Bradford-on-Avon review: Woolley Grange
12 September 2017
"A peach-coloured quenelle of smoked salmon mousse sat alongside a fresh and light crab salsa and dollops of golden-yellow saffron mayonnaise"
It's not all about the kids, as Jessica Carter finds out over a grown-up dinner at this family-friendly hotel...
Okay, I’ll be straight with you: I’m not exactly child friendly. While my mum wills me to settle down and sort her out with grandchildren, I pour another G&T and say I have a dog and quite frankly don’t know why that’s not good enough. That in mind, it’s unsurprising, really, that I don’t often frequent venues that are specifically billed as family friendly – like Woolley Grange.
This Jacobean country house in gorgeous Bradford-on-Avon is all about the family, and its restaurant, spa and gardens all cater for the little ’uns. Heck, there’s even high tea at 5pm each day for the kids, so they can have dinner without sabotaging bedtime.
A few years ago (okay, and a few more on top of that), I would have thought I was in bloomin’ Disneyland here (still not over the fact I never went, by the way, Mum). They’ve literally thought of everything for their tiniest guests; if I didn’t know better, I’d think they employed four years olds to carry out mystery visits...
Here, ‘family friendly’ doesn’t just mean kids get the special treatment, though; it translates into ‘grown-up friendly’, too. As much about the adults as the kids, the hotel offers all kinds of services to give parents a break, like two hours’ complimentary childcare with your overnight stay, and a Children’s Breakfast Club, designed to take care of the kids while the ’rents get a lie in. (Family-friendly also means dog-friendly, by the way, although, like the terrible parent I am, I didn’t invite mine along this time.)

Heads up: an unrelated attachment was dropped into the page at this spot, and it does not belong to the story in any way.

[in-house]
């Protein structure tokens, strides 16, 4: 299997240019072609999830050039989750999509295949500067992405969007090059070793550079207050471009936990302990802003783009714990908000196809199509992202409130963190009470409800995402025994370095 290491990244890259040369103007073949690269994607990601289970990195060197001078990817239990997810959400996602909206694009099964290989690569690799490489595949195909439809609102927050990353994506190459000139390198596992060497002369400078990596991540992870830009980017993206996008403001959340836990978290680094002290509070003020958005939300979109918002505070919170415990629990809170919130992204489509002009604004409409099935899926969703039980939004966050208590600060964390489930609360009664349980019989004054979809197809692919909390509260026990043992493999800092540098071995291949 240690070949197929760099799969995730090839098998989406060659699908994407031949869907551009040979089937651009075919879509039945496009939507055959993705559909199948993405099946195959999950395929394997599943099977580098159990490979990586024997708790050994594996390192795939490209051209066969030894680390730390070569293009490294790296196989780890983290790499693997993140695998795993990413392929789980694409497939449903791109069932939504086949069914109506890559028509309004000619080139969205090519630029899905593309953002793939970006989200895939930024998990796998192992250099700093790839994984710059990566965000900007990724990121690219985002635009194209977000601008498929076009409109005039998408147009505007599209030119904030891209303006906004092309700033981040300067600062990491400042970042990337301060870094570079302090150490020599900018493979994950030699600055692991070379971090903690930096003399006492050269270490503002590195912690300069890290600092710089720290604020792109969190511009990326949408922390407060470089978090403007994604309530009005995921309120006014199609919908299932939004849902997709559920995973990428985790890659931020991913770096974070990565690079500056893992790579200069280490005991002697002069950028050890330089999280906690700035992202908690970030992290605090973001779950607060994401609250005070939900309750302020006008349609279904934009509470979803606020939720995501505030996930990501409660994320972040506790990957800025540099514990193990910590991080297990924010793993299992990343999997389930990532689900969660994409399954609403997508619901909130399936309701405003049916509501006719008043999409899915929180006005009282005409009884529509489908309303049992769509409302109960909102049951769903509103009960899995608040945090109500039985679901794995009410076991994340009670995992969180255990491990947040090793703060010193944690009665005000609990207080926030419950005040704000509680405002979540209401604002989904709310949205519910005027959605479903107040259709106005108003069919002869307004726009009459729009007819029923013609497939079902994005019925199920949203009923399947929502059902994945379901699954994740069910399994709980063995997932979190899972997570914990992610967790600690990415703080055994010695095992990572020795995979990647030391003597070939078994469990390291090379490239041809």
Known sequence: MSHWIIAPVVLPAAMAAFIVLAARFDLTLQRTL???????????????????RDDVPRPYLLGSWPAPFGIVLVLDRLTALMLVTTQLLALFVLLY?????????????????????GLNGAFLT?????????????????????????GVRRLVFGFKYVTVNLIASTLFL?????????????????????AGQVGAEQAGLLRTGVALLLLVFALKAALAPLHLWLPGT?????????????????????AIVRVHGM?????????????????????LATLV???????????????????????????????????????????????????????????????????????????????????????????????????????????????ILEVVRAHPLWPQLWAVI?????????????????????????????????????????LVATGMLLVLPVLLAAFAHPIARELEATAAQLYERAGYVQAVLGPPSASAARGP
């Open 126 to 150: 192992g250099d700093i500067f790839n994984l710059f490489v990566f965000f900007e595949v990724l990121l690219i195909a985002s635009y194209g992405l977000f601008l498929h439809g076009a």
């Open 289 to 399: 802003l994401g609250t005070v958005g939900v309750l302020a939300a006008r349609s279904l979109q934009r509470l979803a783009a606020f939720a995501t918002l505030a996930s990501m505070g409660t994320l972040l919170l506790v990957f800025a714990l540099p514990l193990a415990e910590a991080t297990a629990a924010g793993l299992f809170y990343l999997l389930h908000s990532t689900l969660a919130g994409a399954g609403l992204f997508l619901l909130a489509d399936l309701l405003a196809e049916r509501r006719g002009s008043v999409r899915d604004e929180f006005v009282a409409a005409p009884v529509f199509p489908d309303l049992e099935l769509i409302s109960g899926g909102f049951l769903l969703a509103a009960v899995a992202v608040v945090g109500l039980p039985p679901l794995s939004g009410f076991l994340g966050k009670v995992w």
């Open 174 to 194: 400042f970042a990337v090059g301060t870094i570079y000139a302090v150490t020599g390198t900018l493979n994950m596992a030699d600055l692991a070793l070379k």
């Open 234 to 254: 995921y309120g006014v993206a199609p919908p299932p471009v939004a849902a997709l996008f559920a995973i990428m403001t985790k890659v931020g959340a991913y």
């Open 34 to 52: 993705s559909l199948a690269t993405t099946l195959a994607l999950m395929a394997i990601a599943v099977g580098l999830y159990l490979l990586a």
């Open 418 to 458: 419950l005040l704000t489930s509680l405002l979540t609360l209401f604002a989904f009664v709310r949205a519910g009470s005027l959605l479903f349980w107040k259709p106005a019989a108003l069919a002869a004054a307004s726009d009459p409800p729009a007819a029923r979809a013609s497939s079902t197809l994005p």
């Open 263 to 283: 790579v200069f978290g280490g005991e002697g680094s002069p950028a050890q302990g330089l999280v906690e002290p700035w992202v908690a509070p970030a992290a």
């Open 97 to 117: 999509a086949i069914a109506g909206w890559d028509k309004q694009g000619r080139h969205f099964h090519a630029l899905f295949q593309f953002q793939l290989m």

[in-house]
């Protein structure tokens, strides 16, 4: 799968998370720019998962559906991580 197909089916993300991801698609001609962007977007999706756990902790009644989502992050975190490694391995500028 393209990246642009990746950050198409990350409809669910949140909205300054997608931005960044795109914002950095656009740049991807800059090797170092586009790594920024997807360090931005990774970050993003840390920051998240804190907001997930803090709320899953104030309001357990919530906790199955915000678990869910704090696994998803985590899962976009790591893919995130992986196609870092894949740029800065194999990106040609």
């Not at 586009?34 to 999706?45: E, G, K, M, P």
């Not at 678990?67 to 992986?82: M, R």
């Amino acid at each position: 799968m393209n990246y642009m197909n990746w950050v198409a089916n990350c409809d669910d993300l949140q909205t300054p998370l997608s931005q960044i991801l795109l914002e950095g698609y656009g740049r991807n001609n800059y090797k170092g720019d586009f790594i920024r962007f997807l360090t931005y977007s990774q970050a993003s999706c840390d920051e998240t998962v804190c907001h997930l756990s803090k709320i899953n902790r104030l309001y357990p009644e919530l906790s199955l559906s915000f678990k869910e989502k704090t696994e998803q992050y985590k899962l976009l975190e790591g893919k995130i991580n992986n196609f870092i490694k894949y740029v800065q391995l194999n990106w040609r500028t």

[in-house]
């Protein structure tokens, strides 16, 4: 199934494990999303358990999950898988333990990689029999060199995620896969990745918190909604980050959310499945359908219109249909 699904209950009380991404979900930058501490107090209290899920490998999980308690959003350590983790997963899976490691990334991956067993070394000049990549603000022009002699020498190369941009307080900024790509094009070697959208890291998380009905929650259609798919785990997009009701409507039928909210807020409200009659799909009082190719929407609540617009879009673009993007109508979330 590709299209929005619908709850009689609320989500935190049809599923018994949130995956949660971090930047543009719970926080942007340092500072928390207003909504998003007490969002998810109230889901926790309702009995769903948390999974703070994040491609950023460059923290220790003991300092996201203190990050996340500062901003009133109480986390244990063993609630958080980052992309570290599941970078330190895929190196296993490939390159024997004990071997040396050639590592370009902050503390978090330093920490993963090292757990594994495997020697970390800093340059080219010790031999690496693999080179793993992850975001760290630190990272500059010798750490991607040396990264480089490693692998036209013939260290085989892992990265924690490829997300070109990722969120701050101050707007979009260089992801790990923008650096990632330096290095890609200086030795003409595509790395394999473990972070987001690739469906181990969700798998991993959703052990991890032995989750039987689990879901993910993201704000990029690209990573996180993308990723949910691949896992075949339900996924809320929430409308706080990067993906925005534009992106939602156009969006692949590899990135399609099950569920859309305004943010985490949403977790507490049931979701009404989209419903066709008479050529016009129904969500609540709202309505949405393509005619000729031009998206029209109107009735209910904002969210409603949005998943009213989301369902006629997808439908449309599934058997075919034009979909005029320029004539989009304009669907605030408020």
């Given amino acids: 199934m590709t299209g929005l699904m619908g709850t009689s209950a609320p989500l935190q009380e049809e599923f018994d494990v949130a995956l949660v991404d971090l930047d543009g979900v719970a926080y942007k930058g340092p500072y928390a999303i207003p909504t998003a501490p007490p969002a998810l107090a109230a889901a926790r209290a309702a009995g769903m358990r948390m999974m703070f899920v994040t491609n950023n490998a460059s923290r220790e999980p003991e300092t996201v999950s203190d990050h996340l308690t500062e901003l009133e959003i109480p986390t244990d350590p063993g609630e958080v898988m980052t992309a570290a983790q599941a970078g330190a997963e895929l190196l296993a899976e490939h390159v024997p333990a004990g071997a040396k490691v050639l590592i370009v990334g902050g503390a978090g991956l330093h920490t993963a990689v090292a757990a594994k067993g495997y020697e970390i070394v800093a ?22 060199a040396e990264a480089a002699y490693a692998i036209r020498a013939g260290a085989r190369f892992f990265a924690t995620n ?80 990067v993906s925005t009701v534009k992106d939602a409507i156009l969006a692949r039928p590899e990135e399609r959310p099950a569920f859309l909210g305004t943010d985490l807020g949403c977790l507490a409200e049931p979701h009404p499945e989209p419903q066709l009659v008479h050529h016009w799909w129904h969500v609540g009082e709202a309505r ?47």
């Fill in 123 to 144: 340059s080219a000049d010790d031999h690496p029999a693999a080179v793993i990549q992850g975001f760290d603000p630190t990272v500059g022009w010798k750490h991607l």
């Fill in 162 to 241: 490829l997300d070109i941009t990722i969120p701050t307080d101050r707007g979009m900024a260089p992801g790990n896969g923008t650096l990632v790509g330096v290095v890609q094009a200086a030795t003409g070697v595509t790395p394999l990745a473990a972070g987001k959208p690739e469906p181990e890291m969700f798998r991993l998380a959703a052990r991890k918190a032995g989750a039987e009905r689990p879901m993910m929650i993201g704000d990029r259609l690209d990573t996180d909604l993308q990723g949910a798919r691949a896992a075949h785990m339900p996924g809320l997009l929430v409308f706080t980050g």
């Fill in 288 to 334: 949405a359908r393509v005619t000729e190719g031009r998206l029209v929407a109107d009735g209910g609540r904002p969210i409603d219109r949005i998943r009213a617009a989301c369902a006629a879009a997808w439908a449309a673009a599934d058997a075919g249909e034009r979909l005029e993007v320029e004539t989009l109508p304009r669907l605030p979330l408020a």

Not a child or a parent ( or a dog?). Well, nor am I, and I had a great dinner here. Grown up dining starts at 7pm in the main restaurant (there’s a family dining room too, The Orangery, which serves from 6pm), which is all white tablecloths, polished cutlery and candlelight.
The menu is often informed by what’s growing in the walled garden (and vice versa), which is open for guests to take a stroll through. Gardener Eliza grows all manner of fruits, vegetables and herbs out here, and works closely with the kitchen so that they can all make the best use of it.
Back in the restaurant, though, me and my similarly childless, gin-loving mate got the wine in, and had a good old gander of what was on offer. The ham hock and foie gras terrine (£9.50) was recommended
by the lovely restaurant manager, and, it turned out, rightly so. Awoolleygrangehotel.co.uk It came with pickled veg (carrot, beetroot and onion), which ripped right through that rich texture and flavour, both with their tang
Across the table was a peach-coloured quenelle of smoked salmon mousse (£8.50), with a fresh and light crab salsa and dollops of golden-yellow saffron mayonnaise. These were colourful and well-pitched starters.
There was a slightly longer list of main courses on the menu, with a few meaty dishes, a couple of fish-based choices and two vegetarian options.
Despite being a happy carnivore, my mate settled on the herb gnocchi (£20.50). The pillowy dumplings, green with fresh herbs, had been pan fried for a slight golden crust, and were nestled among leafy greens, mushrooms and roasted beetroot. Soft hunks of Helford white cheese were in attendance there, too; the deep, tangy flavour and smooth, gooey texture melting into the mix of earthy ingredients.
My beef feather blade (£22.50) really was ace; having been cooked nice and slowly, the fat had rendered down to impart its flavour into the tender, flakey meat, which was compacted into a cylinder and given a nice dark crust. It fell apart at the lightest touch of the fork. A serving of polenta was a good alternative to heavier potato, and came pimped with a hit of truffle, while red cabbage purée gave a subtle sweetness to the rich components.
The pastry chef here has worked in several very decorated kitchens, and the resulting skill shows. Dessert (they’re all £8) came as an impossibly light strawberry mousse with toasted cubes of marshmallow and ice cream, with a scattering of shortbread crumbs, fresh strawberries, and tiny basil leaves.
Sure, I would maybe have been initially dubious about coming to this restaurant if I’d known the extent of its family focus, but by visiting you get to see the extent of its commitment to more grown-up priorities, too – like good quality food, great wines, and ace service.